Diving & Snorkeling: Florida Keys

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Geographically speaking, the Florida Keys are in the Atlantic, but the marine life on these reefs is remarkably similar to that found almost anywhere in the Caribbean. A complex ecosystem supports marine life here including the islands themselves, fringing mangroves, seagrass meadows, patch reef, hard bottom, sand flats and the outer reefs.


Fire Coral
The most common dive injury in the Florida Keys is the burning rash caused by contact with fire coral. It can be found—and accidentally touched—nearly anywhere. Fire coral is actually not a true coral but a hydroid colony with a coral-like calcareous skeleton. It comes in two basic forms: leafy fire coral (shaped like mustard brown leaves or ribbons), and encrusting fire coral that can coat structures, ropes or even other coral, such as brain coral or sea fans.

Fire coral stings by discharging small, specialized cells called nematocysts. Contact on bare skin causes a burning sensation that lasts for several minutes and may produce red welts. Do not rub the area, as you will only spread the stinging cells. Cortizone cream can reduce the inflammation and antihistamine cream is good for relieving the pain. Immersing the affected area in hot, non-scalding water may also help. Serious stings should be treated by a doctor.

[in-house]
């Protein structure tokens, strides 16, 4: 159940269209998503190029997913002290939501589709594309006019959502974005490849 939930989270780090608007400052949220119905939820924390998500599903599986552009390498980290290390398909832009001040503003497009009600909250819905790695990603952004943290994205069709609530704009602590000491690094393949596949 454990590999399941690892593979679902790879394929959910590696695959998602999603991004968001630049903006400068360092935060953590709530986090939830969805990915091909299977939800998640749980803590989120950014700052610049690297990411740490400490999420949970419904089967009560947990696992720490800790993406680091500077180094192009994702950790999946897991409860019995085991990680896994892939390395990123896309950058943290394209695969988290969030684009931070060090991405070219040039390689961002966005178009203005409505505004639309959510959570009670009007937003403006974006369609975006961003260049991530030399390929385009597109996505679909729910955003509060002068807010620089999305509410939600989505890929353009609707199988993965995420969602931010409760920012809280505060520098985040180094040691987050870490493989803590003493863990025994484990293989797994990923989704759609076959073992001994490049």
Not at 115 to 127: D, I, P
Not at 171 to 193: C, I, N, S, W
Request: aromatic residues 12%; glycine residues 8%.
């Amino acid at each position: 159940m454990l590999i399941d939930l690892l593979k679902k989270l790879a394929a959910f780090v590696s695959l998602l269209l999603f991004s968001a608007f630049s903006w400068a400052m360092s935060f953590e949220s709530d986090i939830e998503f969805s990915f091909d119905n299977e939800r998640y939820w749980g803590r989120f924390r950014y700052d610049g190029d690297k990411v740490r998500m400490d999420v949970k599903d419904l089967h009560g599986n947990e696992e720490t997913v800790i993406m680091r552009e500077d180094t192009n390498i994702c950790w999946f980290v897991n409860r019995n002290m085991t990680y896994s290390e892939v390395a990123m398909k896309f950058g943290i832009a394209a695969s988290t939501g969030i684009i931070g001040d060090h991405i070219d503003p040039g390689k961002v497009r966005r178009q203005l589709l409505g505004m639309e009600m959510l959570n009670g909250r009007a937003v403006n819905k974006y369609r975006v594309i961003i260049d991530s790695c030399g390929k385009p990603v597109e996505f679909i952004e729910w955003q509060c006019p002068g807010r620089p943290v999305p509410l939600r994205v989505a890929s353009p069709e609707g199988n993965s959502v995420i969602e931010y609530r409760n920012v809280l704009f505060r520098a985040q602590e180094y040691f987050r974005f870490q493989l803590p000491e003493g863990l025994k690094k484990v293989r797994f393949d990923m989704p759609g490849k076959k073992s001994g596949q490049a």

Stinging cells called nematocysts are responsible for the pain that jellyfish tentacles can inflict on unwary divers and snorkelers. There are three species of jellyfish to watch out for in the Florida Keys. The Portuguese man-o-war is the most dangerous. The body of this jellyfish floats on the surface, often with the tentacles trailing more than 10ft (3m) into the water. The sting from this jellyfish can be extremely painful, perhaps life-threatening to individuals with allergies.

The moon jelly is often seen along the reef line, floating in the current. They can be found at nearly any depth, but are not particularly dangerous. The tentacles can cause a mild sting or burning, similar to that produced by fire coral.

The upside-down jellyfish is found primarily in shallow water and is most common in Florida Bay. Snorkelers in this area may come into contact with the upside-down jelly while it is lying on the bottom with the tentacles facing up. The sting from this jellyfish is comparatively mild, but should be avoided.

Stings should be treated immediately with a decontaminate such as vinegar, baking soda or a paste made of meat tenderizer. People experiencing a strong reaction may need to be resuscitated and will require immediate medical attention.

Bristle Worms